You will get sauce all over your counter doing this.  Sorry.
Then its time to put all that good-smelling, clothes-staining mess back in the crock pot.  If you wanted, you could just make up some dinner here - chicken Cacciatore, spaghetti, whatever.  Its up to you, really.  I wanted to can it, so I simmered it some more, this time on high, in the crock pot.  I'd also suggest this further reduction if you plan to freeze the sauce for use.  When I canned it I got 4 pints.  I may try to get a larger batch going, it looks like I should be able to double this without running out of space.   

...and it's saucy
A note if you decide to can it - the current USDA guidelines suggest that home canners add 1/4 tsp per pint of ascorbic acid or 1 tbsp of bottled lemon juice to up the acidity to a point where spoilage is unlikely.  If you have any canning books or materials from before 1986, it is strongly suggested that you get new books, with safer recipes.  My parents' cookbooks were from the mid 70's, and we did fine, no one got sick, but we were lucky and my parents were fastidious about how clean the cans had to be. (Good thing too, we downed quantities of my mom's stewed tomatoes!)

Saturday, August 3, 2013

Storing the Harvest: Part 1

I settled onto my knees in the sun-warmed ground, and took in the brambled rows around me.  The wind played in my hair and tugged at my shirt, but did little to cool .  I picked up a long branch, peeked underneath its spiky leaves, and smiled.  This wouldn't take long at all.

For about an hour I peeked under leaves, between stems and through brambles, taking the tiny ruby gems from where they were hanging.  For that hour, I was rewarded for my efforts (and occasional scratches); four heaping pints of red raspberries, freshly picked and incredibly fragrant.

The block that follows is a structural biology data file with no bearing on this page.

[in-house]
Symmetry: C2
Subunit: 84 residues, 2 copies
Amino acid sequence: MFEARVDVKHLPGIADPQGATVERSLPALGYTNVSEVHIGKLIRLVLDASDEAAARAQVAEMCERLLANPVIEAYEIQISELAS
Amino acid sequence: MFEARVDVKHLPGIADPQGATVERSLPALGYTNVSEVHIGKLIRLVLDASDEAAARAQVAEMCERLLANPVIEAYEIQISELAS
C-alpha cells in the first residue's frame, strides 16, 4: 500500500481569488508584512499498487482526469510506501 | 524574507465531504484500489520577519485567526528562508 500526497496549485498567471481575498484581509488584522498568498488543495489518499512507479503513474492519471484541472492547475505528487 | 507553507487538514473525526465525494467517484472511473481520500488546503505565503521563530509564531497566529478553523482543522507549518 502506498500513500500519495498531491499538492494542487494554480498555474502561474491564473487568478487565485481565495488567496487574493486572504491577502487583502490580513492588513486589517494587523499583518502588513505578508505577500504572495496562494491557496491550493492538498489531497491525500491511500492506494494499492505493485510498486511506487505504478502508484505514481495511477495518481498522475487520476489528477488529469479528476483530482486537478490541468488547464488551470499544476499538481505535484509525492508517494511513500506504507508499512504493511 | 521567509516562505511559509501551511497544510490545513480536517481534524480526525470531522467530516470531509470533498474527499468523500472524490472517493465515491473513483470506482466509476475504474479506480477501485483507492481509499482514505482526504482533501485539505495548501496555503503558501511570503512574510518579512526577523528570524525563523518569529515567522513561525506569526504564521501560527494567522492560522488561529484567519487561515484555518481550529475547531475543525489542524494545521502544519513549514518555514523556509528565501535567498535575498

I tucked my beauties into the car, settled safely for travel.  We hurried home, where I double-checked my recipes, washed my new treasure and started to work.

Six, or maybe seven, just in case, freshly boiled jars - those that are cut to sparkle and dazzle, showing off the beauty of the prize stored within.  Six full cups of the washed then drained sun-rubies, along with six cups of the ever-familiar granulated sugar.  All mashed together into a fragrant mixture of fruit and sunshine.

For yet another hour, I boiled, stirred, added and mashed until I got just what I desired.  Sweet perfection.

Carefully, my concoction went into those jars, then they all took a quick boiling water bath.  After the bath, I lined up my prize on the counter to cool, and savor every tiny "ping" that signals a can well-made.  Once the evening is done, they are cool enough to label and enjoy.  And I have summer red, stored in jars.

What a sweet afternoon it's been.

Note: I wrote and cooked this last year (if you can read the date on the jars, you can see that!), but I never got around to getting anything done in the past year. :(  Maybe I'll do better, but maybe when school starts again, I'll fall off the face of the planet again. Who knows?